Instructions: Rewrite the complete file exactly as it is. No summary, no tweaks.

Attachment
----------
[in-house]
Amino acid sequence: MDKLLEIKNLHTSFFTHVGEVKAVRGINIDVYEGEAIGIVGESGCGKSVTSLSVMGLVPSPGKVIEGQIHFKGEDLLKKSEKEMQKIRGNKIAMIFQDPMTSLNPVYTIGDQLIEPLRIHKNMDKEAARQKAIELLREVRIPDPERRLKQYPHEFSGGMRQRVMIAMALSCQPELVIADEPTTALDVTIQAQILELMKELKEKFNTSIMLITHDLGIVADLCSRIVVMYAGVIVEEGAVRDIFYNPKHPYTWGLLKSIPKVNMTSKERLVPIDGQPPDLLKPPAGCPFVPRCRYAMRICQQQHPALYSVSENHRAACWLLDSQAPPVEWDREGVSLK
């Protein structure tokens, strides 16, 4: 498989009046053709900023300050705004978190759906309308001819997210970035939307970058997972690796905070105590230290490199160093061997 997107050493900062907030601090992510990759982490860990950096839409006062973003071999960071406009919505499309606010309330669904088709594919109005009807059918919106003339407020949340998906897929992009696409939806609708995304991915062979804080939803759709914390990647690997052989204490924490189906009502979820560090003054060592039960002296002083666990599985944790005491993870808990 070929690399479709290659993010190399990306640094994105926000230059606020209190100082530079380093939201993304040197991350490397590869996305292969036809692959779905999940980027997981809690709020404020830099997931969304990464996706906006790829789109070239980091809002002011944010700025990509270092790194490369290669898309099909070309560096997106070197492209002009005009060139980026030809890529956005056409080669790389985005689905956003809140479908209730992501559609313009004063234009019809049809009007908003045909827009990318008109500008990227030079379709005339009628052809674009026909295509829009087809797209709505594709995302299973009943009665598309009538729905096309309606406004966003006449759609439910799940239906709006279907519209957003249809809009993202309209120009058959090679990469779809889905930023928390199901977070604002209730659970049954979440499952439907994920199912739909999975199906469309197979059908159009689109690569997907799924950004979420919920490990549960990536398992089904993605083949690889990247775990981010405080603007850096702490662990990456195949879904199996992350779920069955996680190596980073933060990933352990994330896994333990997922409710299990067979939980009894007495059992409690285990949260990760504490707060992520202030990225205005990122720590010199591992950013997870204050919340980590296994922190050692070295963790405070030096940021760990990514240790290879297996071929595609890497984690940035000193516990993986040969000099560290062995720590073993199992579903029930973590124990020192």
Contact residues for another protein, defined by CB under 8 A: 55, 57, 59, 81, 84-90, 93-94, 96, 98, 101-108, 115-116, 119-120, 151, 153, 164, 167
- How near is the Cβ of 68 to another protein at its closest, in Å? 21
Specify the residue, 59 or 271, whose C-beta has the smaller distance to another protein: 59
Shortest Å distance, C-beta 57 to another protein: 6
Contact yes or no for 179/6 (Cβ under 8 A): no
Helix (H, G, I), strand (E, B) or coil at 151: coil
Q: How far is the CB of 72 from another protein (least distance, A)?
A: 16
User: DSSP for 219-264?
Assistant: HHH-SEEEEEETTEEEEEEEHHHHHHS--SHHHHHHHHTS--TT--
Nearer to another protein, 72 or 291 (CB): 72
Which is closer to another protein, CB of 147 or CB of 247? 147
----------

[in-house]
Amino acid sequence: MDKLLEIKNLHTSFFTHVGEVKAVRGINIDVYEGEAIGIVGESGCGKSVTSLSVMGLVPSPGKVIEGQIHFKGEDLLKKSEKEMQKIRGNKIAMIFQDPMTSLNPVYTIGDQLIEPLRIHKNMDKEAARQKAIELLREVRIPDPERRLKQYPHEFSGGMRQRVMIAMALSCQPELVIADEPTTALDVTIQAQILELMKELKEKFNTSIMLITHDLGIVADLCSRIVVMYAGVIVEEGAVRDIFYNPKHPYTWGLLKSIPKVNMTSKERLVPIDGQPPDLLKPPAGCPFVPRCRYAMRICQQQHPALYSVSENHRAACWLLDSQAPPVEWDREGVSLK
């Protein structure tokens, strides 16, 4: 498989009046053709900023300050705004978190759906309308001819997210970035939307970058997972690796905070105590230290490199160093061997 997107050493900062907030601090992510990759982490860990950096839409006062973003071999960071406009919505499309606010309330669904088709594919109005009807059918919106003339407020949340998906897929992009696409939806609708995304991915062979804080939803759709914390990647690997052989204490924490189906009502979820560090003054060592039960002296002083666990599985944790005491993870808990 070929690399479709290659993010190399990306640094994105926000230059606020209190100082530079380093939201993304040197991350490397590869996305292969036809692959779905999940980027997981809690709020404020830099997931969304990464996706906006790829789109070239980091809002002011944010700025990509270092790194490369290669898309099909070309560096997106070197492209002009005009060139980026030809890529956005056409080669790389985005689905956003809140479908209730992501559609313009004063234009019809049809009007908003045909827009990318008109500008990227030079379709005339009628052809674009026909295509829009087809797209709505594709995302299973009943009665598309009538729905096309309606406004966003006449759609439910799940239906709006279907519209957003249809809009993202309209120009058959090679990469779809889905930023928390199901977070604002209730659970049954979440499952439907994920199912739909999975199906469309197979059908159009689109690569997907799924950004979420919920490990549960990536398992089904993605083949690889990247775990981010405080603007850096702490662990990456195949879904199996992350779920069955996680190596980073933060990933352990994330896994333990997922409710299990067979939980009894007495059992409690285990949260990760504490707060992520202030990225205005990122720590010199591992950013997870204050919340980590296994922190050692070295963790405070030096940021760990990514240790290879297996071929595609890497984690940035000193516990993986040969000099560290062995720590073993199992579903029930973590124990020192």
Contact residues for another protein, defined by CB under 8 A: 55, 57, 59, 81, 84-90, 93-94, 96, 98, 101-108, 115-116, 119-120, 151, 153, 164, 167
- How near is the Cβ of 68 to another protein at its closest, in Å? 21
Specify the residue, 59 or 271, whose C-beta has the smaller distance to another protein: 59
Shortest Å distance, C-beta 57 to another protein: 6
Contact yes or no for 179/6 (Cβ under 8 A): no
Helix (H, G, I), strand (E, B) or coil at 151: coil
Q: How far is the CB of 72 from another protein (least distance, A)?
A: 16
User: DSSP for 219-264?
Assistant: HHH-SEEEEEETTEEEEEEEHHHHHHS--SHHHHHHHHTS--TT--
Nearer to another protein, 72 or 291 (CB): 72
Which is closer to another protein, CB of 147 or CB of 247? 147